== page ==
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Statements on Introduced Bills and Joint Resolutions

Floor Speech

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Location: Washington DC

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By Mr. COONS (for himself, Mr. ENZI, Mr. SCHUMER, and Mr. RUBIO):

S. 3460. A bill to amend the Internal Revenue Code of 1986 to provide for startup businesses to use a portion of the research and development credit to offset payroll taxes; to the Committee on Finance.

Mr. COONS. Mr. President, to fuel American economic growth and job creation, we have to make sure our tax policy is as smart as the innovators who power our economy.

American ingenuity has always been at the core of our economic success. Behind nearly every game-changing innovation, from the light bulb to the search engine, has been critical research and development that transforms an idea into a market-ready product. The challenges of the global economy may be new, but the solution is the same--supporting and sustaining American innovators.

That is why I joined with my friend and colleague, the Senator from Wyoming, Senator Enzi, to draft legislation that gives innovative startup companies the opportunity to take advantage of the successful research and development tax credit, which would support their efforts to invest in innovation and create jobs.

Senator Enzi and I are proud to be joined by Senator Schumer of New York and Senator Rubio of Florida in introducing the Startup Innovation Credit Act of 2012, which allows qualifying companies to claim the R&D tax credit against their employment taxes instead of their income taxes, thereby opening the credit to new companies who don't yet have an income tax liability. We are also grateful to our colleagues in the House, who are working to introduce a bipartisan companion bill this week.

Over the past three decades, the research and development tax credit has helped tens of thousands of successful American companies create jobs by incentivizing investment in innovation. But with America's global manufacturing competitiveness at stake, it is time Congress shows the same type of support for entrepreneurs and young companies.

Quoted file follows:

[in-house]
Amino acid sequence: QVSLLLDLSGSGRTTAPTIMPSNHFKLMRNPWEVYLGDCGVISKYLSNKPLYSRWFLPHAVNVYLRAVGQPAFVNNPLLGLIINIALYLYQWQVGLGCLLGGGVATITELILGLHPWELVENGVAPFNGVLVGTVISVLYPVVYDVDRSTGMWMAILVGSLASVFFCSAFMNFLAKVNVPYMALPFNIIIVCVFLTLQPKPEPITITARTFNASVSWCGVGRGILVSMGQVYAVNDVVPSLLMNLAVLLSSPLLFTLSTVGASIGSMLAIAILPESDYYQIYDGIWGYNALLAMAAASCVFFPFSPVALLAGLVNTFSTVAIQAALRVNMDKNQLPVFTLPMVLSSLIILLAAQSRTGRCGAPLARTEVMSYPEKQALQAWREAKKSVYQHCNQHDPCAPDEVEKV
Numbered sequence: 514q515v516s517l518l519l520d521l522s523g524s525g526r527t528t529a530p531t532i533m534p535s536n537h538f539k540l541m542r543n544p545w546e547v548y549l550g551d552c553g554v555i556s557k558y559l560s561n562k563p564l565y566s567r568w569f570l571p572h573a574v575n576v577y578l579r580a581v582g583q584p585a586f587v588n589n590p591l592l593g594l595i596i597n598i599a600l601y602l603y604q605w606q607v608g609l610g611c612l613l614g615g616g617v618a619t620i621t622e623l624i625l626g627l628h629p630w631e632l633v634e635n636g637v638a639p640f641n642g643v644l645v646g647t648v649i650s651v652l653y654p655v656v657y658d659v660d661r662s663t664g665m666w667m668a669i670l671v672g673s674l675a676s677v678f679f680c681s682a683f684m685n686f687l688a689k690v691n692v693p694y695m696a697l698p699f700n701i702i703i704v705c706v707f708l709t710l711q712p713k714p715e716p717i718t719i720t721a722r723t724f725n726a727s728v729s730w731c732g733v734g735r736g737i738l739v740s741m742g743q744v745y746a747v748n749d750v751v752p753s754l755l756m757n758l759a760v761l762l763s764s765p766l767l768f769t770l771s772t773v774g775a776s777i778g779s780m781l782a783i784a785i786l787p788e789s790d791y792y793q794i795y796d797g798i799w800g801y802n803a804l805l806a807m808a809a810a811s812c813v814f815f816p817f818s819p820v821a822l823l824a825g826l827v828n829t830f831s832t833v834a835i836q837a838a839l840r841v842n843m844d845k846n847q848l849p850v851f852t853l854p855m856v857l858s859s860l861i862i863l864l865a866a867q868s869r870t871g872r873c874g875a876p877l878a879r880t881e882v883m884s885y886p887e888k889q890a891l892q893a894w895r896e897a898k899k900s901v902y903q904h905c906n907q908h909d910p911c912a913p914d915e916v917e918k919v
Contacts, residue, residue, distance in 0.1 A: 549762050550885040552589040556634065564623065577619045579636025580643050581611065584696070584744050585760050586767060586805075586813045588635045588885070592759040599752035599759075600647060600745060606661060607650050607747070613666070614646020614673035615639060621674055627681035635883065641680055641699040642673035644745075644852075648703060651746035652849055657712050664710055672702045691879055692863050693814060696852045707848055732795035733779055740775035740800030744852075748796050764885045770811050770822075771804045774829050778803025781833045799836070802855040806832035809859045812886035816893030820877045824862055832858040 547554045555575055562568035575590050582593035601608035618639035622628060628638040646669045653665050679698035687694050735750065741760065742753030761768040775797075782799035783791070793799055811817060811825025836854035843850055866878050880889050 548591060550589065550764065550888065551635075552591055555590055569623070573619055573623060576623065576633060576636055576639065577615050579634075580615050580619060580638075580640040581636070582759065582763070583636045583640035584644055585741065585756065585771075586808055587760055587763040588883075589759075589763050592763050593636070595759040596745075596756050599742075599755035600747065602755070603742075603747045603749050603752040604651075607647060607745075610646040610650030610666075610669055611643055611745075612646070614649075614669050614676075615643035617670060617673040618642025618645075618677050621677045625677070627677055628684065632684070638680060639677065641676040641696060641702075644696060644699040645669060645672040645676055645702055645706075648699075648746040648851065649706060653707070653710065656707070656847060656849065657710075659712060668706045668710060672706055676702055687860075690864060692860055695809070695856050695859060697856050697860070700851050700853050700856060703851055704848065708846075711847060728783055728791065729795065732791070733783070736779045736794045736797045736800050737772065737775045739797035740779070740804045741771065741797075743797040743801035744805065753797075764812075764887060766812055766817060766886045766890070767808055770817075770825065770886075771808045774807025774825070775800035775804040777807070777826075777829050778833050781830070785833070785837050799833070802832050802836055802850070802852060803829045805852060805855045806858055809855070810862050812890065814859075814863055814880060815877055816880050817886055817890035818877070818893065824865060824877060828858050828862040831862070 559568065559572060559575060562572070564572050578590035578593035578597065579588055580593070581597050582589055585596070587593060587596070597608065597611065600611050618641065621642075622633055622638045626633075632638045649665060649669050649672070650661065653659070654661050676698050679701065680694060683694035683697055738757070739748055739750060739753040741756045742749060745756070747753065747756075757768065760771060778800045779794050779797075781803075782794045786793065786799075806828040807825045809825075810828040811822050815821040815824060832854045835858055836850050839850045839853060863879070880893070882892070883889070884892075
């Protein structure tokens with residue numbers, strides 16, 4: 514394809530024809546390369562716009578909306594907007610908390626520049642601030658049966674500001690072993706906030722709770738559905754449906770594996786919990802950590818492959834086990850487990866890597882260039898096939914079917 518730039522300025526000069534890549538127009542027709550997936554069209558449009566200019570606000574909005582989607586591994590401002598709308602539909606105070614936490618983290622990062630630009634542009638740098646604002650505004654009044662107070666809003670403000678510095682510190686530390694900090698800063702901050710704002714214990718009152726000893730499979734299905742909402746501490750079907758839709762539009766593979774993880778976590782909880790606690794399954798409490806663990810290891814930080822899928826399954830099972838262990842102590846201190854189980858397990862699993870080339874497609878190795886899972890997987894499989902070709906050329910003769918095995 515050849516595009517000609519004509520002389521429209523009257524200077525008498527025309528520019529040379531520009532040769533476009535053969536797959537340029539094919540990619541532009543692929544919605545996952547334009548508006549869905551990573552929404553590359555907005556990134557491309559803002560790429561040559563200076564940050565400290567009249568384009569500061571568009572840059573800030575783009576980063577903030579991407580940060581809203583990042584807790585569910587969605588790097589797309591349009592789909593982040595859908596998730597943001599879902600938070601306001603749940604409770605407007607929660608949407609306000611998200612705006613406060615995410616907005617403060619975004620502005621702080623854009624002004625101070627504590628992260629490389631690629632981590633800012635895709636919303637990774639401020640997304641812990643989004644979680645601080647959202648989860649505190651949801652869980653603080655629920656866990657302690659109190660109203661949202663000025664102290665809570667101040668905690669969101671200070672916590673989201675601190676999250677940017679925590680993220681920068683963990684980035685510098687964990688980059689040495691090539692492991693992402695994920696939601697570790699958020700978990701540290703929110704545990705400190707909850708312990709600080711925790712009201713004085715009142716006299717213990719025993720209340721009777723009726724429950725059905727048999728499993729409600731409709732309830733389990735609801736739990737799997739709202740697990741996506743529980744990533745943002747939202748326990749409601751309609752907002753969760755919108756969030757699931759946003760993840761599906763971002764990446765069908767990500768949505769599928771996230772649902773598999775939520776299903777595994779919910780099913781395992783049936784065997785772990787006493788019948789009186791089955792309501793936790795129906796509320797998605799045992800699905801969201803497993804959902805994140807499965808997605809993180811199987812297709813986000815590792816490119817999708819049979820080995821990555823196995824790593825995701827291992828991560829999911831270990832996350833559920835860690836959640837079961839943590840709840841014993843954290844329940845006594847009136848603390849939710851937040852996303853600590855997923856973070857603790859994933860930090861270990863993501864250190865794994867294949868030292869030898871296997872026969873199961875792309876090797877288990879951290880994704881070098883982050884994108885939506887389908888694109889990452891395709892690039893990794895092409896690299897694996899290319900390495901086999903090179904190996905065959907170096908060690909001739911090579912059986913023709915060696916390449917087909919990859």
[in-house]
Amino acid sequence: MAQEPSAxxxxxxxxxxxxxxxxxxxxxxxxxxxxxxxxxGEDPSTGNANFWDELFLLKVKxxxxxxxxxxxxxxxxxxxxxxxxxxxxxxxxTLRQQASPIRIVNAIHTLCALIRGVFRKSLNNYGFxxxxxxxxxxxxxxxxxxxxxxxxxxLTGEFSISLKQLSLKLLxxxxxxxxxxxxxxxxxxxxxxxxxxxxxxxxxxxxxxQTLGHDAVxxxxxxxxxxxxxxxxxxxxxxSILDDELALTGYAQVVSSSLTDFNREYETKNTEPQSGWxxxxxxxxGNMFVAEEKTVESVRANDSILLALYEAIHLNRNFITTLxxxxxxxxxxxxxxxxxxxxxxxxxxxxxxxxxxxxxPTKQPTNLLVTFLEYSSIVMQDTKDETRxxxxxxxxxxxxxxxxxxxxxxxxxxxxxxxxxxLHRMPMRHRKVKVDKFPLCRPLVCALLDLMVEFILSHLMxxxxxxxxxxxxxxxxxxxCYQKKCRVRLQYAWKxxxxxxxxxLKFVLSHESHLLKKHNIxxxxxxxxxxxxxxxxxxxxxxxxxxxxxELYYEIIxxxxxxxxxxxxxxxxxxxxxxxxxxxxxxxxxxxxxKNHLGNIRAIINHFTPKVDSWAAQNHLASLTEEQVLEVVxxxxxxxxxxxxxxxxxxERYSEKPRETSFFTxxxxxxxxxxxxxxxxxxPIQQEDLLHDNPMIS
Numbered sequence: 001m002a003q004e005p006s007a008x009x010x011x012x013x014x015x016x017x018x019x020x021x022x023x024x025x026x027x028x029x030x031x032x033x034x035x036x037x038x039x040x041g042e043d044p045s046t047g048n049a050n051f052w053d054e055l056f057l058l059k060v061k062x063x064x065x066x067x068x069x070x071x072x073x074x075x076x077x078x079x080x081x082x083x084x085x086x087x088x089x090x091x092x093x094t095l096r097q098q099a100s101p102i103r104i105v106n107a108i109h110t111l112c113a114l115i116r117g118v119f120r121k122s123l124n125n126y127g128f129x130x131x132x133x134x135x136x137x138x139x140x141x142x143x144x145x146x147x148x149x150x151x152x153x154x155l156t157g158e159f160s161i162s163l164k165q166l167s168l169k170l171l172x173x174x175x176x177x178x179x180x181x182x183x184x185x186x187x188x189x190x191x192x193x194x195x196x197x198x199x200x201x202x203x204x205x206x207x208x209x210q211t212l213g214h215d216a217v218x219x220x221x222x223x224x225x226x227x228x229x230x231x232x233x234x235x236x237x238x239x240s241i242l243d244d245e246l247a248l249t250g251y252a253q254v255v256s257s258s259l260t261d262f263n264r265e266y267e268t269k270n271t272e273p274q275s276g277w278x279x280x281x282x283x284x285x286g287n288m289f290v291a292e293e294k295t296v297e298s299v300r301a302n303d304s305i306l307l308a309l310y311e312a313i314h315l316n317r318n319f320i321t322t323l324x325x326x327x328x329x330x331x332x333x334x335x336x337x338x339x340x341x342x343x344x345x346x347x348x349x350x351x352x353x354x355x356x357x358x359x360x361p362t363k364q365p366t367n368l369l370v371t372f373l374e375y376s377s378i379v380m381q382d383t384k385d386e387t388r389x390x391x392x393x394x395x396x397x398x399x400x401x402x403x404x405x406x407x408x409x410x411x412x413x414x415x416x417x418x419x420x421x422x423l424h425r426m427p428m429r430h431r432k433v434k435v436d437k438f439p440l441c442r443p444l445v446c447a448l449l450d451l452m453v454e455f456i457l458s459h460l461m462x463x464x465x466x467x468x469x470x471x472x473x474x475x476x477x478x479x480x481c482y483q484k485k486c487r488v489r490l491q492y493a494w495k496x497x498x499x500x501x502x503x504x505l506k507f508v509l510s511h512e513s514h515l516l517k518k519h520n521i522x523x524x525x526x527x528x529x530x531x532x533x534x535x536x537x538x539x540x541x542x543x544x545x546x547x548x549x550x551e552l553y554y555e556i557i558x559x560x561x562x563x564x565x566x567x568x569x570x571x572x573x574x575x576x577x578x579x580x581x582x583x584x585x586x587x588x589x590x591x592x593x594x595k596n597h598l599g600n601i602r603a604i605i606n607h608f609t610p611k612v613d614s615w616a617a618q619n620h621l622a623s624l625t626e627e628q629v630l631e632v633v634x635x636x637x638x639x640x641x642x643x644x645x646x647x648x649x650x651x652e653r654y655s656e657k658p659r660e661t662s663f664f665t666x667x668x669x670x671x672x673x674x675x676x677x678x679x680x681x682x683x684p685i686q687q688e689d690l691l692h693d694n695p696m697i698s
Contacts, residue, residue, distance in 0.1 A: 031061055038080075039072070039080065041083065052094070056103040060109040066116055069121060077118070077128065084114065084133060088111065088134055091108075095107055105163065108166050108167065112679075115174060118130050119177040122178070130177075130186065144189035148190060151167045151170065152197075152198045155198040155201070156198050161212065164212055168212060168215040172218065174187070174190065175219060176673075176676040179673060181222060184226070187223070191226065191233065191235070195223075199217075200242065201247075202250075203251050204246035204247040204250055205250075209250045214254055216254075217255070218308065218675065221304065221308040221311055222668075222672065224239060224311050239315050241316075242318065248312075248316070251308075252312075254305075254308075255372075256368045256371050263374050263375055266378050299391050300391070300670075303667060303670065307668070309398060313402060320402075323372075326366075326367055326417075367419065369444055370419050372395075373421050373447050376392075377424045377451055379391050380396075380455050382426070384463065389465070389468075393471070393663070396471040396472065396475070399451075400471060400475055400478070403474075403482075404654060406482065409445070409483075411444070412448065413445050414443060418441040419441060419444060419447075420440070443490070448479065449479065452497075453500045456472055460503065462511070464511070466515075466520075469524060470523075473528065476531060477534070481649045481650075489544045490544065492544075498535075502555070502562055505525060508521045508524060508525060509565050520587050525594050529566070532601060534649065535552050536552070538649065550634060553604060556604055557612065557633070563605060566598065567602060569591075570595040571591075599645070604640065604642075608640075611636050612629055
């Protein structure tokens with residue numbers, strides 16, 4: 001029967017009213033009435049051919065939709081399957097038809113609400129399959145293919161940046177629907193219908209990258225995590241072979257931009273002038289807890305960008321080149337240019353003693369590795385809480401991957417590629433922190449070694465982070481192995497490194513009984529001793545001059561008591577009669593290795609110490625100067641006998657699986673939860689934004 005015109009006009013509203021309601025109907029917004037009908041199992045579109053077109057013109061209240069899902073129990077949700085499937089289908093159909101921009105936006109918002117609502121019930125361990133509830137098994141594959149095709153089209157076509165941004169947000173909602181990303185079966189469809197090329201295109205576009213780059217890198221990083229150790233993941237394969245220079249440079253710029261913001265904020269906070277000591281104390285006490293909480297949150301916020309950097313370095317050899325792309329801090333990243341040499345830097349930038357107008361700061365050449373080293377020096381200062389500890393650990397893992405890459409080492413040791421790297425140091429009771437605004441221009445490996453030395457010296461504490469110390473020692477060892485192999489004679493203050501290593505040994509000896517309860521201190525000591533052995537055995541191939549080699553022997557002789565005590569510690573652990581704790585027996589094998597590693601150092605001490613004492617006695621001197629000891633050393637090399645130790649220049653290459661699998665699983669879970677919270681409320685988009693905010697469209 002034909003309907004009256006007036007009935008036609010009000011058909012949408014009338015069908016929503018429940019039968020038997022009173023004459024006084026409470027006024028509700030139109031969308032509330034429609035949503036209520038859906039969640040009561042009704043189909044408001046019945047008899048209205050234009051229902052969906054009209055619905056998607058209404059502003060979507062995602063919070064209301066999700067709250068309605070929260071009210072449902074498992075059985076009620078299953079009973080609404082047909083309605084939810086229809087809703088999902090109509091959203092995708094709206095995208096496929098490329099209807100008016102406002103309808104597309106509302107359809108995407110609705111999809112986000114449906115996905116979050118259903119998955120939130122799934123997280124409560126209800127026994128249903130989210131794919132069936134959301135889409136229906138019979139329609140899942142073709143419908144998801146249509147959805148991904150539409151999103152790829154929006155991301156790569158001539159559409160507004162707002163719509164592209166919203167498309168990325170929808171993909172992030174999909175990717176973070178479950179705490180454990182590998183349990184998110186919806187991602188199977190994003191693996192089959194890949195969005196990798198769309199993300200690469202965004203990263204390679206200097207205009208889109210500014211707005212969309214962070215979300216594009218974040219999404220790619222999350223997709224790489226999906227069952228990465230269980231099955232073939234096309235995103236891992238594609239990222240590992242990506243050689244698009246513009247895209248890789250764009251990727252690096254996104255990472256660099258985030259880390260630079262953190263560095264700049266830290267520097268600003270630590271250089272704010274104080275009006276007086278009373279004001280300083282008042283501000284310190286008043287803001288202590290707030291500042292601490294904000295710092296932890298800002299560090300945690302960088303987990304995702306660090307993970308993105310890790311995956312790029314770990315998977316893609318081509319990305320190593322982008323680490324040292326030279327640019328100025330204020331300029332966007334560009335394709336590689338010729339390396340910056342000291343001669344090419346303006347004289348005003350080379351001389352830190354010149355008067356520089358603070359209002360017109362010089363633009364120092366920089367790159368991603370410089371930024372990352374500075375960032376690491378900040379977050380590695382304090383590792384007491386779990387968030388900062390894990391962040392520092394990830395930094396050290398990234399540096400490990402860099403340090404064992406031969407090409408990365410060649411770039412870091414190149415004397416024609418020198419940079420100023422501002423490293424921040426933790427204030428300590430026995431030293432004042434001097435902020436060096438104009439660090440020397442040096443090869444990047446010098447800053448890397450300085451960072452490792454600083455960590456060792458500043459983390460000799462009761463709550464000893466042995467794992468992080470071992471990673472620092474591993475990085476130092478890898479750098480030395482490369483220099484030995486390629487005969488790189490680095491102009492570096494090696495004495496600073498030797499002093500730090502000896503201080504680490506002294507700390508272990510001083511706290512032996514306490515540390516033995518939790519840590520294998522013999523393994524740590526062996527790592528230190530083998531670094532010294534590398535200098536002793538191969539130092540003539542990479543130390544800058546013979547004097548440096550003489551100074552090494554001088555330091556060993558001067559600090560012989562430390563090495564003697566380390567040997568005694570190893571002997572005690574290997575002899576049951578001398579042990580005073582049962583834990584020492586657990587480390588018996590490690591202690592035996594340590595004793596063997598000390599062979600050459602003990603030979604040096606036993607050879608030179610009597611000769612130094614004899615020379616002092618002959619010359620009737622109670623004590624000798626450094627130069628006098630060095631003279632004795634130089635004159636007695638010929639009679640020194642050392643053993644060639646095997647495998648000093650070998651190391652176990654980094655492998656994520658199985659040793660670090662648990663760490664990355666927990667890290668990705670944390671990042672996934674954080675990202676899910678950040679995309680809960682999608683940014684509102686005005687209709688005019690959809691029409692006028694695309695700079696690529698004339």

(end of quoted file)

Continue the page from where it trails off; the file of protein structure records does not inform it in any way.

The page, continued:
Small and startup businesses are driving our Nation's economic recovery and creating jobs by taking risks to turn their ideas into marketable products. Over the past few decades, firms that were younger than 5 years old were responsible for the overwhelming majority of new jobs in this country.

The tax code is a powerful tool in the government's toolbox, but tax credits can't help emerging companies that don't yet have tax liabilities. That takes the R&D tax credit off the table for countless promising startups and small businesses.

Over the last two years, I have talked with dozens of business leaders and experts in tax policy to refine an idea to create a new small business innovation credit that would help those young companies. My commitment to this concept has only strengthened since I introduced a version of it in my very first bill as a Senator, the Job Creation Through Innovation Act. This work continued, along with Senator Rubio, in the subsequent AGREE Act and Startup Act 2.0.

The reason I am so doggedly pursuing this idea is because it is critical for young, innovative companies in my home state of Delaware. Take, for example, DeNovix, a small company based in Wilmington. With just six employees, they design, manufacture and sell laboratory equipment that helps scientists innovate and achieve results. As a brand-new company, all of DeNovix' products are in the research and development phase. So at this point, they can't take advantage of the R&D tax credit. A new, innovative company, shut out of support they need at the time they need it most. That seems counterproductive for our economy. So let us fix it. Under the Startup Innovation Credit Act of 2012, DeNovix and companies like them across Delaware and across the country could grow and create jobs with the help of the R&D tax credit.

We can't let tough economic times slow down the power of American ingenuity, especially when history has taught us that now is exactly the time we need to be investing in our innovators. More than half of our Fortune 500 companies were launched during a recession or bear market, so a small business founded this year could become the next General Electric or DuPont if it gets the support it needs.

America's researchers, business leaders, innovators and entrepreneurs are already working to help create jobs and ensure American competitiveness in the global economy. We just have to support and sustain their hard work, and we cannot take the rest of the year off just because there is an election coming up. Even in this difficult, partisan atmosphere, we have to find ways to work together and get things done.

Innovation will drive American economic competitiveness for generations to come, and our job is to help our innovators and entrepreneurs do their jobs. I urge my colleagues to join Senators Enzi, Schumer, Rubio and I in strong support of the Startup Innovation Credit Act of 2012.

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